For years, economic dramas in the emerging markets followed
the same familiar script. Turkey, duly playing its part, would
post chronic inflation, a surging public debt, a rise in
unemployment and, as in 2001, a crisis in the banking
This time round, the countrys exports have slumped,
unemployment has risen to around 12.5% and most worrying, youth
unemployment is at 25%. In the last quarter of 2008, the
economy contracted 6.2%, the first shrinkage in seven years.
Last month, central bank governor Durmus Yilmaz warned of a
double digit contraction in gross domestic product and a
slower and more gradual recovery in 2010 than was
anticipated in his January report.
Public finances have deteriorated too with the government
more than quadrupling its 2009 budget deficit target to TL48.3
billion ($30.37 billion) from the previous TL10.4 billion. And
the IMF, meanwhile, expects Turkeys economy to shrink
5.1% this year, after it grew nearly 7% annually between 2001
Turkeys economic rehabilitation since 2001 has relied
in no small part on abundant foreign capital. But the flow of
foreign capital has dried up fast, with the IMF estimating that
private capital flows to emerging markets will decline from
some $600 billion in 2007 to just $180 billion in 2009.
However, the slump in commodity prices and a dramatic
contraction in demand has ensured that inflation remains, for
now, under control and according to Yilmaz, is tipped to range
between 4.8% and 7.2% in 2009, significantly undershooting the
central banks target of 7.5%. This has left the central
bank with room to manoeuvre on rates, and in an attempt to
stimulate growth, it has cut seven percentage points off the
benchmark rate in the last six months, the latest rate cut
coming at the banks April 16 meeting, when it slashed
rates by 75bp to a record low of 9.75%.
Promoting the package
Fairly or unfairly, IMF assistance packages have tended to
play badly with the Turkish electorate. The perception that
seeking outside help is an embarrassing admission of economic
failure has been compounded by domestically unpopular fiscal
reforms required by the IMF.
This tension between what is economically best for Turkey
and what plays well with voters has left the AKP (Justice and
Development Party) facing an unenviable tightrope walk between
holding onto power on the one hand and implementing much needed
fiscal reforms on the other.
And, as in IMF negotiations of the past, its these
fiscal reforms that have become the sticking point in
negotiations between the IMF and the Turkish government.
On both the income and expenditure side, changes are needed
to bring the ratio of central government debt to GDP
expected to rise to between 7% and 8% by Gazi Ercel, president
of Ercel Global Advisory onto a declining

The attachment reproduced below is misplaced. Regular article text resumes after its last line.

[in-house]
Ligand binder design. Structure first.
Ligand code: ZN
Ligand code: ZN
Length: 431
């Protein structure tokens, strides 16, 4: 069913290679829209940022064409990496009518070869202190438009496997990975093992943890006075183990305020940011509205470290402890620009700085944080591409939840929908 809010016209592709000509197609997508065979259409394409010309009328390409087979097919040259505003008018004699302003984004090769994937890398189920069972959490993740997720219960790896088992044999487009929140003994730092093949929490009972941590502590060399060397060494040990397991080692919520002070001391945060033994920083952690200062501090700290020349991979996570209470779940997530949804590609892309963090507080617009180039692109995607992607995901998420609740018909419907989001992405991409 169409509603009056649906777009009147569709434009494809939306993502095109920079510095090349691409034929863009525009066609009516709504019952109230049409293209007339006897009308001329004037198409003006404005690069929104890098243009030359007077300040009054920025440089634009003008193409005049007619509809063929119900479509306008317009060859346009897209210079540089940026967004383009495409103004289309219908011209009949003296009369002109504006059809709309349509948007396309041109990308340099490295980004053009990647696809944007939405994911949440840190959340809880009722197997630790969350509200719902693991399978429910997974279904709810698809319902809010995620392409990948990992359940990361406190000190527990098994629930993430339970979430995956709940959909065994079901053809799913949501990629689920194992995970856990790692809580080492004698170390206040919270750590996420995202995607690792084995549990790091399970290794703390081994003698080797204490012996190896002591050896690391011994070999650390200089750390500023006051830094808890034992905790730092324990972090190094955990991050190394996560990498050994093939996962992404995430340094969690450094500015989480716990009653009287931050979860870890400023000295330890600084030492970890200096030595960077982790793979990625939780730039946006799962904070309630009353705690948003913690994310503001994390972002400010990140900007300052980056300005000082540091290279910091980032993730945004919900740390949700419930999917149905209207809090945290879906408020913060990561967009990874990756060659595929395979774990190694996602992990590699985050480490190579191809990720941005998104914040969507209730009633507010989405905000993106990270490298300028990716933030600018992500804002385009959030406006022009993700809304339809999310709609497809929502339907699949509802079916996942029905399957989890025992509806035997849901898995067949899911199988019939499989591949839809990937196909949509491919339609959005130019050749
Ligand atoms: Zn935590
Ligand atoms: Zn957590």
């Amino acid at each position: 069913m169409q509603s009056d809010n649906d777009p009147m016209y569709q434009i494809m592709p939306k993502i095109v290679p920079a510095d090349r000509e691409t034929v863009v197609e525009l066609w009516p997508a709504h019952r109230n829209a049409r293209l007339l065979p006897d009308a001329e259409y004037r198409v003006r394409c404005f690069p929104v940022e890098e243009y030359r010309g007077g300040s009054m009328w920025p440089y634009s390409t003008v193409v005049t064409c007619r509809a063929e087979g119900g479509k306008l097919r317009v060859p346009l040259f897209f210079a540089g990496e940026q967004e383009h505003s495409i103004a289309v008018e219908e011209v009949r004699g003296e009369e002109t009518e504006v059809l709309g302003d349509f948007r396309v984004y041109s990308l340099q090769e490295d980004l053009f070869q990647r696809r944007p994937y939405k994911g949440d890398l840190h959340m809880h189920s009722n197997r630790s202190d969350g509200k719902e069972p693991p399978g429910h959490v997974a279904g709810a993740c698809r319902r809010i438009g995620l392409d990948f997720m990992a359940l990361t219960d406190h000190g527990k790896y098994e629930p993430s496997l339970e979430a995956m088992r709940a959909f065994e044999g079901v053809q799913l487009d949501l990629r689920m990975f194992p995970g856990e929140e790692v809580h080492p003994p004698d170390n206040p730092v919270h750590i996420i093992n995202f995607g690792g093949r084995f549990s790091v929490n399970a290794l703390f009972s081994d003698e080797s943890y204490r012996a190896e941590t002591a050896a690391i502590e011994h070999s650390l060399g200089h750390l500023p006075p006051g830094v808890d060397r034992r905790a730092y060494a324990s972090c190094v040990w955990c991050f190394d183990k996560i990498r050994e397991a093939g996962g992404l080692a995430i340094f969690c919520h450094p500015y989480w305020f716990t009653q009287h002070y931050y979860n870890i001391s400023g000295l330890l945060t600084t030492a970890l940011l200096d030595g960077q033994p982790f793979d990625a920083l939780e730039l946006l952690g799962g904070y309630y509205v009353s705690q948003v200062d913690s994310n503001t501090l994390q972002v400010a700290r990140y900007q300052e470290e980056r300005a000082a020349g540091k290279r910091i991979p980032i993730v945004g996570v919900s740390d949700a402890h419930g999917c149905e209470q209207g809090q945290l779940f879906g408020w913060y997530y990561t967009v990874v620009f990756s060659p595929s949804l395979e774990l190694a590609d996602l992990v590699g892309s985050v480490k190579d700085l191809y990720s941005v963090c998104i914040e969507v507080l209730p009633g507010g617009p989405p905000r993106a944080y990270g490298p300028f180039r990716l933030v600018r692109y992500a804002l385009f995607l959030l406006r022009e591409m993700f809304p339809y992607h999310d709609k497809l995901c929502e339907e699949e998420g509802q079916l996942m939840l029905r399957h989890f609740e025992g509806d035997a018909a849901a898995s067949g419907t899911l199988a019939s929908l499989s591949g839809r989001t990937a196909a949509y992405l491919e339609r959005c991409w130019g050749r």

Structural reforms to make the tax system less pro-cyclical
are also yet to materialize. Some 70% of the countrys tax
revenues are derived from indirect taxes, with only 1520%
of revenues coming from corporate and income tax, ensuring the
rise in government spending has coincided with a dramatic fall
in revenues. The underground economy constitutes around 50% of
The IMF is said to want the introduction of an independent
revenue and taxation administration and for some indication
that government spending will be controlled.
The April G20 summit in London tripled IMF resources to the
IMF to tackle the economic crisis. For its part, the Fund has
softened its stance by relaxing its lending terms and dropping
the structuring conditionality of its stand-by agreements. The
G20 also made provisions for a new flexible credit line
facility conditional on a good track record of sound
macro policies. Investors have welcomed flexible credit
line facilities in Mexico, Poland and Colombia as a sort of IMF
seal of approval of sound fundamentals and economic
The main aim of the IMF facility will be to support
growth and bring down the debt to GDP ratio by increasing the
primary surplus, says Mehmet Mazi, head of emerging
markets, EMEA (Europe, the Middle East and Africa) at HSBC.
In the past, the IMF has imposed strict limits on public
spending, but this time, because the aim is to facilitate
growth and to keep the credibility of the sovereign, the
IMFs caveats will be less stringent.
While discussions regarding a new IMF arrangement remain
centred on a replacement standby agreement with $25
billion$35 billion of funding, the IMFs gentler
stance may indicate a flexible credit line for Turkey too.
According to Turker Hamzaoglu, EMEA analyst at Merrill
Lynch, assuming a refinancing rate of between 75% and 80% for
corporate and banks, Turkeys external funding gap will
reach some $23 billion in 2009, but could increase to $35
billion should refinancing slip to 50%.
The IMFs bearish forecasts suggest a more generous
package may be likely, and speculation is mounting that the
package could be as much as $45 billion$50 billion.
But Turkish experts remain sceptical as to whether the
country will be eligible for such a flexible credit line of
such scale. The IMF insists on a necessary correction in
revenues and the structure of the budget because the fiscal
deficit is rising and debt is concentrated on the
short-term, says Ercel.
The Fund wants to establish an independent revenue
department an independent tax administration and
wants a plan for cuts to government expenditure.
Ercel believes a standby arrangement is more likely than a
flexible credit line facility, mainly because unlike the
governments of Poland and Mexico, the AKP has yet failed to
indicate an intention to implement fiscal reforms in the coming
If the Turkish government shows it is taking measures
to counteract fiscal imbalances, it will be eligible for a
flexible credit line, says Ercel. The IMF just
needs some indication of an intention to control the government
deficit over the next two to three years, he adds.